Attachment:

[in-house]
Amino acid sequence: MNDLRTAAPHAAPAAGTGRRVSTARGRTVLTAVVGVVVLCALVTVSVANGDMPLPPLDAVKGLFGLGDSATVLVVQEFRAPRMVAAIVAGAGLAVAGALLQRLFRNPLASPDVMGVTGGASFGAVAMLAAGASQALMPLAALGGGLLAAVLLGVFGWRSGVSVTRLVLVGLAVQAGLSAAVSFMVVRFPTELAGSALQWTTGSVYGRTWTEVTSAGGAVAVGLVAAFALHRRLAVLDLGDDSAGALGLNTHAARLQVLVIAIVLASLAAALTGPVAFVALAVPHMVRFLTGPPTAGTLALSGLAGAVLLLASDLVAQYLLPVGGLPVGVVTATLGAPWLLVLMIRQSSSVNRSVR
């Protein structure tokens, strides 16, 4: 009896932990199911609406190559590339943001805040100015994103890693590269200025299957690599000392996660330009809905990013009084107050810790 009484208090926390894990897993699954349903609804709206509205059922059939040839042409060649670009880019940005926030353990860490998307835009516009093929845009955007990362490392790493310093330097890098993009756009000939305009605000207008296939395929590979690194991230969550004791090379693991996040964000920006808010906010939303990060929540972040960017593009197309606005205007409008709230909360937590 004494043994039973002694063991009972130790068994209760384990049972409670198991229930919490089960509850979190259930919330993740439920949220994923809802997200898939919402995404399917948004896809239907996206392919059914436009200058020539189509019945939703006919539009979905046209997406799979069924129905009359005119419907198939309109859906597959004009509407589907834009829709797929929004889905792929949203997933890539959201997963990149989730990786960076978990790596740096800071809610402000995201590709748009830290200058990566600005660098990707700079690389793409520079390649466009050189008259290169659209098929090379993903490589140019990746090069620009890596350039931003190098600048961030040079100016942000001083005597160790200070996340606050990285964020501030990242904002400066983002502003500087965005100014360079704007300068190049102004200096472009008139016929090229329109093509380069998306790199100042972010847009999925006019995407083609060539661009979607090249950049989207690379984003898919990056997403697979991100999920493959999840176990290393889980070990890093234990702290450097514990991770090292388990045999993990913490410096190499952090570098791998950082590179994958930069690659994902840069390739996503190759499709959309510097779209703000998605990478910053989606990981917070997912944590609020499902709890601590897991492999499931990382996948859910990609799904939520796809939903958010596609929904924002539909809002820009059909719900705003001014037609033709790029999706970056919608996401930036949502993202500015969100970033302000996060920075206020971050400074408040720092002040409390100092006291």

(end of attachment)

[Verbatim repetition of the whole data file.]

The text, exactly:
[in-house]
Amino acid sequence: MNDLRTAAPHAAPAAGTGRRVSTARGRTVLTAVVGVVVLCALVTVSVANGDMPLPPLDAVKGLFGLGDSATVLVVQEFRAPRMVAAIVAGAGLAVAGALLQRLFRNPLASPDVMGVTGGASFGAVAMLAAGASQALMPLAALGGGLLAAVLLGVFGWRSGVSVTRLVLVGLAVQAGLSAAVSFMVVRFPTELAGSALQWTTGSVYGRTWTEVTSAGGAVAVGLVAAFALHRRLAVLDLGDDSAGALGLNTHAARLQVLVIAIVLASLAAALTGPVAFVALAVPHMVRFLTGPPTAGTLALSGLAGAVLLLASDLVAQYLLPVGGLPVGVVTATLGAPWLLVLMIRQSSSVNRSVR
């Protein structure tokens, strides 16, 4: 009896932990199911609406190559590339943001805040100015994103890693590269200025299957690599000392996660330009809905990013009084107050810790 009484208090926390894990897993699954349903609804709206509205059922059939040839042409060649670009880019940005926030353990860490998307835009516009093929845009955007990362490392790493310093330097890098993009756009000939305009605000207008296939395929590979690194991230969550004791090379693991996040964000920006808010906010939303990060929540972040960017593009197309606005205007409008709230909360937590 004494043994039973002694063991009972130790068994209760384990049972409670198991229930919490089960509850979190259930919330993740439920949220994923809802997200898939919402995404399917948004896809239907996206392919059914436009200058020539189509019945939703006919539009979905046209997406799979069924129905009359005119419907198939309109859906597959004009509407589907834009829709797929929004889905792929949203997933890539959201997963990149989730990786960076978990790596740096800071809610402000995201590709748009830290200058990566600005660098990707700079690389793409520079390649466009050189008259290169659209098929090379993903490589140019990746090069620009890596350039931003190098600048961030040079100016942000001083005597160790200070996340606050990285964020501030990242904002400066983002502003500087965005100014360079704007300068190049102004200096472009008139016929090229329109093509380069998306790199100042972010847009999925006019995407083609060539661009979607090249950049989207690379984003898919990056997403697979991100999920493959999840176990290393889980070990890093234990702290450097514990991770090292388990045999993990913490410096190499952090570098791998950082590179994958930069690659994902840069390739996503190759499709959309510097779209703000998605990478910053989606990981917070997912944590609020499902709890601590897991492999499931990382996948859910990609799904939520796809939903958010596609929904924002539909809002820009059909719900705003001014037609033709790029999706970056919608996401930036949502993202500015969100970033302000996060920075206020971050400074408040720092002040409390100092006291």